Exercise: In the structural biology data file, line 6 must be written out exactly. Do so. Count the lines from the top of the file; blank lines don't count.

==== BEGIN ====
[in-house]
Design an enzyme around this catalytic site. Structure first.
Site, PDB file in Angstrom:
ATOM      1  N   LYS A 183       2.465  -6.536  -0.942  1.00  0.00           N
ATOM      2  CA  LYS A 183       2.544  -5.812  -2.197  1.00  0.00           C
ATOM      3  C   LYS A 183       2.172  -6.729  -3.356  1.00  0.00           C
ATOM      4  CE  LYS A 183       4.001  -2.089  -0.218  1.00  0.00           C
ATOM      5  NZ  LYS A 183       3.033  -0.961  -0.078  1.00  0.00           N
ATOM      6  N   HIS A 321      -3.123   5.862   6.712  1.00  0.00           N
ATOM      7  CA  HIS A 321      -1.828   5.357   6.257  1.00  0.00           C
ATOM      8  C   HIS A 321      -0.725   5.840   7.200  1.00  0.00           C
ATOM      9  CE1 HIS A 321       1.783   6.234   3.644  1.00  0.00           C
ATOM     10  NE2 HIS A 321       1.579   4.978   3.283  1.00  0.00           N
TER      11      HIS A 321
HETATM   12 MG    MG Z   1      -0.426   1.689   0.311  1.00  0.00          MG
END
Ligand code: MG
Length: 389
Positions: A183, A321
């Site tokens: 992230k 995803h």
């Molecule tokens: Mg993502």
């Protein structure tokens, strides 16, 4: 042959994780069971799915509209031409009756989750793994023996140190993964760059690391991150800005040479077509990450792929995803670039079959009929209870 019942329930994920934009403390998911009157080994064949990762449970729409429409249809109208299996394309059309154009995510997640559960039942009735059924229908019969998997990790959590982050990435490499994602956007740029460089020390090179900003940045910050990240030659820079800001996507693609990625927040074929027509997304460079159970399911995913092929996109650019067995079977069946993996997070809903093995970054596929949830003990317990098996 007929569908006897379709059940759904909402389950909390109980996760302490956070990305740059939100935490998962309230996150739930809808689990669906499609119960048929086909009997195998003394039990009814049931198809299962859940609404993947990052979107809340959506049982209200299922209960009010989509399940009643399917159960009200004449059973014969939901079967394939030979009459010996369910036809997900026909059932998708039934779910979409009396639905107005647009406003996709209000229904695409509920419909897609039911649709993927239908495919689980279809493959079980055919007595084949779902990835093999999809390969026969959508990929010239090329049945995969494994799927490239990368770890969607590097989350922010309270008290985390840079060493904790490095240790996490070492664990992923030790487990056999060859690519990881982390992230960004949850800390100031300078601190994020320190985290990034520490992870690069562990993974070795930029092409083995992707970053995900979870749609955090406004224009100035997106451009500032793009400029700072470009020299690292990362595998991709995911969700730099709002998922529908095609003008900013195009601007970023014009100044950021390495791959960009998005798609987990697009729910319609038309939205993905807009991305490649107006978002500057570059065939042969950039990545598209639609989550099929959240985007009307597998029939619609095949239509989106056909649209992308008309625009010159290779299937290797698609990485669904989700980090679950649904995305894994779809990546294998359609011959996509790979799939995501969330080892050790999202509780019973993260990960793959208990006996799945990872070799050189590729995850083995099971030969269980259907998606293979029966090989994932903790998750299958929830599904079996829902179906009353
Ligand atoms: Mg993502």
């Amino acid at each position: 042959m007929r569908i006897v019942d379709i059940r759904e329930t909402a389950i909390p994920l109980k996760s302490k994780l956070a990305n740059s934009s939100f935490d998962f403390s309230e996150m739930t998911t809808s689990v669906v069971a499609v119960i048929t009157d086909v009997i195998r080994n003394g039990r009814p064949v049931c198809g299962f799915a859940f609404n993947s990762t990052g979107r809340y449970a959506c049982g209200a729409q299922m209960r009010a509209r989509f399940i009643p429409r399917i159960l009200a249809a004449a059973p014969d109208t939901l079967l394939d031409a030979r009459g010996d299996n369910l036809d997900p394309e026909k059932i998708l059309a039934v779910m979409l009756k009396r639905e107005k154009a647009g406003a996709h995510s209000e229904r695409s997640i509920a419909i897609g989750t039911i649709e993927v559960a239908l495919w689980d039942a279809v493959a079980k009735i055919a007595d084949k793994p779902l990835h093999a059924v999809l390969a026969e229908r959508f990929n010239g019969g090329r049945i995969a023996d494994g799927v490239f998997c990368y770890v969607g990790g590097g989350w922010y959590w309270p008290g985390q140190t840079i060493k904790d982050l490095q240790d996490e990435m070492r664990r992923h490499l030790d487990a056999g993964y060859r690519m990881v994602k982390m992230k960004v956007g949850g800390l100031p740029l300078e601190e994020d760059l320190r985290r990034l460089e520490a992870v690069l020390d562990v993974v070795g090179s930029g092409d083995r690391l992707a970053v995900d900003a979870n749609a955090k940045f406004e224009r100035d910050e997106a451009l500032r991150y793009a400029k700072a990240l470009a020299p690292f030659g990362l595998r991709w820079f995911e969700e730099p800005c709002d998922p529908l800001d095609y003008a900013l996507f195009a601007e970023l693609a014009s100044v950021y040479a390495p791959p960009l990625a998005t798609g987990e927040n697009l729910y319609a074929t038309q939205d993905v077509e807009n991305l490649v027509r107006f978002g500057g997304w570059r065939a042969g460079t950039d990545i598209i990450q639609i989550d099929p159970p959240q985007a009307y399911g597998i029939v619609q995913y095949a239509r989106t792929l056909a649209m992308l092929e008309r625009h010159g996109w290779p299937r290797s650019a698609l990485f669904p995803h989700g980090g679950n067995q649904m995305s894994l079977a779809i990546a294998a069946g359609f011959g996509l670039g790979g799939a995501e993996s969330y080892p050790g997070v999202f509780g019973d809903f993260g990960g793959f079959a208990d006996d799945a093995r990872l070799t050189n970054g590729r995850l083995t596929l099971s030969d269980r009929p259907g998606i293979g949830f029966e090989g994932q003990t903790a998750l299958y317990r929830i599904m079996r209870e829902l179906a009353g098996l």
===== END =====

ATOM      3  C   LYS A 183       2.172  -6.729  -3.356  1.00  0.00           C